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Trump Says Health Experts Are Wrong On Death Rate For ‘Corona Flu’ Cites His ‘Hunch’ As Evidence


Trump Says Health Experts Are Wrong On Death Rate For ‘Corona Flu’ Cites His ‘Hunch’ As Evidence

President Donald Trump on Wednesday continued to spread misinformation, disputing the death rate of the coronavirus as reported by the World Health Organization (WHO), calling the 3.4 percent figure “really a false number,” adding that “it’s just my hunch.”

“I think the 3.4 percent is really a false number. It’s just my hunch,” Trump told Fox News’s Sean Hannity in a phone interview Wednesday evening when asked for his reaction to the death rate reported earlier this week. “Now, this is just a hunch, but based on a lot of conversations with a lot of people that do this.”

“A lot of people will have this and it’s very mild. They’ll get better very rapidly. They don’t even see a doctor. They don’t even call a doctor. You never hear about those people,” Trump continued, asserting that those cases could not be included in the overall count of people who have contracted the coronavirus, which he at one point incorrectly identified as the “corona flu” before correcting himself.

“Personally, I think the number is way under 1 percent,” Trump continued.

WHO officials reported the 3.4 percent death rate among cases of the novel coronavirus worldwide during a press briefing Tuesday — a figure that is higher than previously thought. Two percent had been a figure used earlier.

“Globally, about 3.4 percent of reported COVID-19 cases have died. By comparison, seasonal flu generally kills far fewer than 1 percent of those infected,” WHO Director-General Tedros Adhanom Ghebreyesus said at a press briefing on Tuesday.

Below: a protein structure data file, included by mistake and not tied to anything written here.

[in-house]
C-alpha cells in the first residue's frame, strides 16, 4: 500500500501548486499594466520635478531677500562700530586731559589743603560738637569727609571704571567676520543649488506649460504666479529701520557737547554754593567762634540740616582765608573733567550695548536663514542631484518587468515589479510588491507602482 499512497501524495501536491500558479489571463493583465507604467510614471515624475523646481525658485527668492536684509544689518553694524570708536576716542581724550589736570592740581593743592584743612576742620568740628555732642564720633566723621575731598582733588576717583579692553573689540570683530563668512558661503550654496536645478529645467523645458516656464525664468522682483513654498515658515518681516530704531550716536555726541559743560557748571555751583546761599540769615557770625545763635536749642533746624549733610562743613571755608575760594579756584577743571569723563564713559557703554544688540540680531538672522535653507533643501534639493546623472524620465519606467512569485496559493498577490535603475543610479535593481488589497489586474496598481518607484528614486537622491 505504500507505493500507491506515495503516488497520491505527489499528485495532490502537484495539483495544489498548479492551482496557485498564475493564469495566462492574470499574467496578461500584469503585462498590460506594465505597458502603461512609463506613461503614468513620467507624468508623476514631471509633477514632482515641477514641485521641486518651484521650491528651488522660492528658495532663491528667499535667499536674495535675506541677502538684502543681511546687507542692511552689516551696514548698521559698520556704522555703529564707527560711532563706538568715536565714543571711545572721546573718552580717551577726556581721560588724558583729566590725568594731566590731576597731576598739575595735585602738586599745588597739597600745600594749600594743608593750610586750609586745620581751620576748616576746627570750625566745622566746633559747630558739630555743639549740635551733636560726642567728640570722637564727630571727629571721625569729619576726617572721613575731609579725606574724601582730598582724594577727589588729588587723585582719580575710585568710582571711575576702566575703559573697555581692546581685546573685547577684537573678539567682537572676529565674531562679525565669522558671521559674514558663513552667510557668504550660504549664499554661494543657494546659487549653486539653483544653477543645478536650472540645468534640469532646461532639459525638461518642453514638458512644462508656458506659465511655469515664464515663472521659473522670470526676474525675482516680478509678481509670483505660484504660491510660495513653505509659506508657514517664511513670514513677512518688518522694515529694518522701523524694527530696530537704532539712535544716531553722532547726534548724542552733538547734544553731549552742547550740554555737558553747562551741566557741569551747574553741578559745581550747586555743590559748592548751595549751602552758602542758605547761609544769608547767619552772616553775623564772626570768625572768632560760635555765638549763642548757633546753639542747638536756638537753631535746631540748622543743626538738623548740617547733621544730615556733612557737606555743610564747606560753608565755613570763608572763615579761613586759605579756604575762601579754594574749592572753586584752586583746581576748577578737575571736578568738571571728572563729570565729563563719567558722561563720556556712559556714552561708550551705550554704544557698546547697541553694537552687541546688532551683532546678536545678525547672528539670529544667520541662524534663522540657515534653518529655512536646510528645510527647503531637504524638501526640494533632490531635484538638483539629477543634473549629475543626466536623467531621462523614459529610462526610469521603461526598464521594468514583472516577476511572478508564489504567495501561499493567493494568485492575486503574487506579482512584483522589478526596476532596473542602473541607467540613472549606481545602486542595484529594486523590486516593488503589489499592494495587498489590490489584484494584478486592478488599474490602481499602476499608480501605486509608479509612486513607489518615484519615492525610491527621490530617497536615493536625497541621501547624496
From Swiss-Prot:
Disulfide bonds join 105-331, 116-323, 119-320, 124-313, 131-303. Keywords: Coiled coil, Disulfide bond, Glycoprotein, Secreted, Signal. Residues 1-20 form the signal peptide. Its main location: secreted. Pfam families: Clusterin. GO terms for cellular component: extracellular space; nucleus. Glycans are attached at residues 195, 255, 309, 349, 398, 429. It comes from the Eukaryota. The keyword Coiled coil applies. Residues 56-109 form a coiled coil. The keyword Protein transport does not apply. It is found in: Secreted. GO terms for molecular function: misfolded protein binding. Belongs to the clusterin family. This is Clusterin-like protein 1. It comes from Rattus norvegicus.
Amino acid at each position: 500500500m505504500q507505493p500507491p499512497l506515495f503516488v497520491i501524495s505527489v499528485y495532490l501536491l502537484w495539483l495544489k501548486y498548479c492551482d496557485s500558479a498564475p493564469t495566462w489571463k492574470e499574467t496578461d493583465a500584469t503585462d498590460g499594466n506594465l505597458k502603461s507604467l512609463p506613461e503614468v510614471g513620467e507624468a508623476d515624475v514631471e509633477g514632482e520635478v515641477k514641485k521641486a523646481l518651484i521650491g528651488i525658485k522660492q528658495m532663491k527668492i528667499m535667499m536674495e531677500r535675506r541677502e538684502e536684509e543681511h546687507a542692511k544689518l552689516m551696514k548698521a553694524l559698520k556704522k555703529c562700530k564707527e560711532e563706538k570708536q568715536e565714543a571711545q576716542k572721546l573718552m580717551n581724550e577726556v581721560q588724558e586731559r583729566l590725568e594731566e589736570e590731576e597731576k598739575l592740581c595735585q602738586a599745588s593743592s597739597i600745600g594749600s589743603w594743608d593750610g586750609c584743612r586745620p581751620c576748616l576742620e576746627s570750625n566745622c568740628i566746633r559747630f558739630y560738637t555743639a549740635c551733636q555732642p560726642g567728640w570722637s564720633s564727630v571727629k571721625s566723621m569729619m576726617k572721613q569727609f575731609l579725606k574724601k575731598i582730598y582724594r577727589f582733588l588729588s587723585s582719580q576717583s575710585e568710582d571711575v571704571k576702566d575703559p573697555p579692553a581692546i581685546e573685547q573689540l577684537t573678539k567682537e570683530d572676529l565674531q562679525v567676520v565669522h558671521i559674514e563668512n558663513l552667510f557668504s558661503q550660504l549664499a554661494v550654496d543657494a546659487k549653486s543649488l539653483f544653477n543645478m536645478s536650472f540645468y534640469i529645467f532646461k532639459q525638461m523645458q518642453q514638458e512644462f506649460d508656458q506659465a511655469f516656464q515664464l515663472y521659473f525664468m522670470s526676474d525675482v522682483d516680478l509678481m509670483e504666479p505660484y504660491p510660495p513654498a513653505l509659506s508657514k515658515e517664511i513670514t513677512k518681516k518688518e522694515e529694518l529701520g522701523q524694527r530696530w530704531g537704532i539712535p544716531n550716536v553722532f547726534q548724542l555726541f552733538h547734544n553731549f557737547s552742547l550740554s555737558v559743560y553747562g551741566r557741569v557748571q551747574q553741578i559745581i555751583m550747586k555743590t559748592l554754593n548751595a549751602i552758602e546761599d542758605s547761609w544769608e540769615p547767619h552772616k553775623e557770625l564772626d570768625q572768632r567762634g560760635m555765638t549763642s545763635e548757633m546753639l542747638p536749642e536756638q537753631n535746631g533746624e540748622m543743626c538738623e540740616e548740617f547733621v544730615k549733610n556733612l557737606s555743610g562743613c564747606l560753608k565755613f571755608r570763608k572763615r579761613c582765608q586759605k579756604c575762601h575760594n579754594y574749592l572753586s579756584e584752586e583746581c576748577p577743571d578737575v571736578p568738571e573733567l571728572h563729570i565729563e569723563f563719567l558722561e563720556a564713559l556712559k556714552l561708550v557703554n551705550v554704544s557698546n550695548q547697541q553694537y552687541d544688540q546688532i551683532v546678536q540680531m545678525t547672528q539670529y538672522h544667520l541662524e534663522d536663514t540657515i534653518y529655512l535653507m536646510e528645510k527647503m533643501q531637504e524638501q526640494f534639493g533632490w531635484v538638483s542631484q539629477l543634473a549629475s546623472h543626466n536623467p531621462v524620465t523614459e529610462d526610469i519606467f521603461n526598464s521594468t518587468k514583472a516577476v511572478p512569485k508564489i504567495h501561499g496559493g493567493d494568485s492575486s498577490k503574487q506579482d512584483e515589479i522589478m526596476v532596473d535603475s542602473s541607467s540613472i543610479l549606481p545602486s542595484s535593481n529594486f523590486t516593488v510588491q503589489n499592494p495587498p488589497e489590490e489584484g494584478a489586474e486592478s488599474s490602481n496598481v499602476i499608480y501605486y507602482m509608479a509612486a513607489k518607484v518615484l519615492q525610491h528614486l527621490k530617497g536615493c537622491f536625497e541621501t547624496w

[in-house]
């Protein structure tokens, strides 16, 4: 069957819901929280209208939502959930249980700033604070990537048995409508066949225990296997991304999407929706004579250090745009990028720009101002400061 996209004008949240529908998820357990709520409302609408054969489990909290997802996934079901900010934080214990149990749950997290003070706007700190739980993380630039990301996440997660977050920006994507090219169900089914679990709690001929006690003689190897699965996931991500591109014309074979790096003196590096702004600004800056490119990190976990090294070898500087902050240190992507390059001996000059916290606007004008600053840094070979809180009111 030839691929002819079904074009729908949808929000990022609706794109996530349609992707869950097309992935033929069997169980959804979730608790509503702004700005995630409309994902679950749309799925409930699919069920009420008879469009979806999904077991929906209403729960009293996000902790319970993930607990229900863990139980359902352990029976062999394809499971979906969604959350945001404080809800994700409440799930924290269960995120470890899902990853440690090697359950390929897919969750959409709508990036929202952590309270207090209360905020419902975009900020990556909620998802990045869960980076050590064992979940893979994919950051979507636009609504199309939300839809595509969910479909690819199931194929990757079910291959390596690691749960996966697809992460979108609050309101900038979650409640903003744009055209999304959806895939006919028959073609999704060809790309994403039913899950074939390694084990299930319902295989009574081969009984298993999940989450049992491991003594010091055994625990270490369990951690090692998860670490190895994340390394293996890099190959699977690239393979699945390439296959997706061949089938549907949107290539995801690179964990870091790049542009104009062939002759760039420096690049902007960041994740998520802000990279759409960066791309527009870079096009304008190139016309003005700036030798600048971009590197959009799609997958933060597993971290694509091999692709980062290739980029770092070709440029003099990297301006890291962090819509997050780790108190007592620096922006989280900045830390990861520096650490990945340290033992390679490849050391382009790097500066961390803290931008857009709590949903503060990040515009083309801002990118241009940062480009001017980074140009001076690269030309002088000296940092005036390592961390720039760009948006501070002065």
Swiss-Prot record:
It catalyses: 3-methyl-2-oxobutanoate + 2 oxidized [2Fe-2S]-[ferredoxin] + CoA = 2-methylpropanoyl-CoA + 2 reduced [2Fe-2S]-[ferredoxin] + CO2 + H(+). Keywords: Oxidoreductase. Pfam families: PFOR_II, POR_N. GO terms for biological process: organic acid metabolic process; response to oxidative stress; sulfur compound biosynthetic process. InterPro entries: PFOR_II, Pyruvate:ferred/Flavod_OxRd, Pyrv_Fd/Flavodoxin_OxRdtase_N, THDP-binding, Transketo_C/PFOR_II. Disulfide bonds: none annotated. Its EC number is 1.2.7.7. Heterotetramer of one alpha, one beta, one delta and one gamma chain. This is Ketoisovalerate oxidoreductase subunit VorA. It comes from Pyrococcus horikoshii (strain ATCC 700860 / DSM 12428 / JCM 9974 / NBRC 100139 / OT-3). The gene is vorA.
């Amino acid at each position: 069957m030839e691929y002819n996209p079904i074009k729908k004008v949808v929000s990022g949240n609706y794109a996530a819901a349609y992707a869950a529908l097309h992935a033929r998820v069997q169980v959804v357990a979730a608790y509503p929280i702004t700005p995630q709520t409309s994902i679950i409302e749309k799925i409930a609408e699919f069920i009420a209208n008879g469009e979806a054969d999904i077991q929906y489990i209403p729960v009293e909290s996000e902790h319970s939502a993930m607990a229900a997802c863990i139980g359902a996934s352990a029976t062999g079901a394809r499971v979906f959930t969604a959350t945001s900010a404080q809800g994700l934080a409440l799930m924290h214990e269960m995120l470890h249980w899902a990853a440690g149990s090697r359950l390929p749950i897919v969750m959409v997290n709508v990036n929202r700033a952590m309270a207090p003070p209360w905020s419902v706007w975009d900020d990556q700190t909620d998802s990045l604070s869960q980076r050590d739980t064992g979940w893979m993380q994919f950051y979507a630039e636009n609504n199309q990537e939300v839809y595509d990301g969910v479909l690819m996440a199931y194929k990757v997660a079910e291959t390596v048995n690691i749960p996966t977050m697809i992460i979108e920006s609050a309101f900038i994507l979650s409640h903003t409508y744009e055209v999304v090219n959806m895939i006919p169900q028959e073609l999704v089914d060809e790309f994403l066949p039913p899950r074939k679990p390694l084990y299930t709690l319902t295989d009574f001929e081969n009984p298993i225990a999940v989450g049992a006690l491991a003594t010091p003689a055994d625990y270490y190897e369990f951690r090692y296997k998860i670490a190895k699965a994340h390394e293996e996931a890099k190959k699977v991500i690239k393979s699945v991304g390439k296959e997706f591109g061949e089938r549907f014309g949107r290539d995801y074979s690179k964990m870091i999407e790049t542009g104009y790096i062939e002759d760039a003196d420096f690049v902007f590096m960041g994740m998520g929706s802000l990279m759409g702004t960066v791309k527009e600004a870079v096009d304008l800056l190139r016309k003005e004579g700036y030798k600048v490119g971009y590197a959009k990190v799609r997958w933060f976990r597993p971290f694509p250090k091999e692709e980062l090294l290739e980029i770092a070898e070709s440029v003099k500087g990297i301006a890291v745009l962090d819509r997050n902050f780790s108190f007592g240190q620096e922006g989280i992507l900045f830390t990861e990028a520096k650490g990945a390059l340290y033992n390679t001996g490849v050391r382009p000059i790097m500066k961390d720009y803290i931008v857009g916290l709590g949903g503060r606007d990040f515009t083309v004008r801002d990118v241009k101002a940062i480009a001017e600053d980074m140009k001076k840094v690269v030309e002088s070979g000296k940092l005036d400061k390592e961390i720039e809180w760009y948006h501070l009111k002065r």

The mortality rates from coronavirus have varied from country to country, with South Korea, as one example, showing a much lower mortality rate — something that has been credited to the increased testing in that country.

Watch Trump’s take on the data:

During the Fox News interview Wednesday night, Trump also at one point suggested that people would get better from the virus while going to work.

“If we have thousands or hundreds of thousands of people that get better just by sitting around and even going to work – some of them go to work – but they get better, and then when you do have a death like you had in the state of Washington like you had one in California, I believe you had one in New York, now all of a sudden it seems like 3 or 4 percent which is a very high number, as opposed to … a fraction of 1 percent,” Trump told Hannity.

By Thursday morning, Trump was lashing out at the media over the coverage over his Fox News remarks, tweeting that he “NEVER said people that are feeling sick should go to work.”

Trump accused Democrats and media outlets, singling out MSNBC in particular, of disseminating “disinformation” about his administration’s response to the coronavirus in order to “do harm” the effort.

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RELATED: Mike Pence Flees Press Briefing As Reporter Asks If Uninsured Can Get Tested For Coronavirus.

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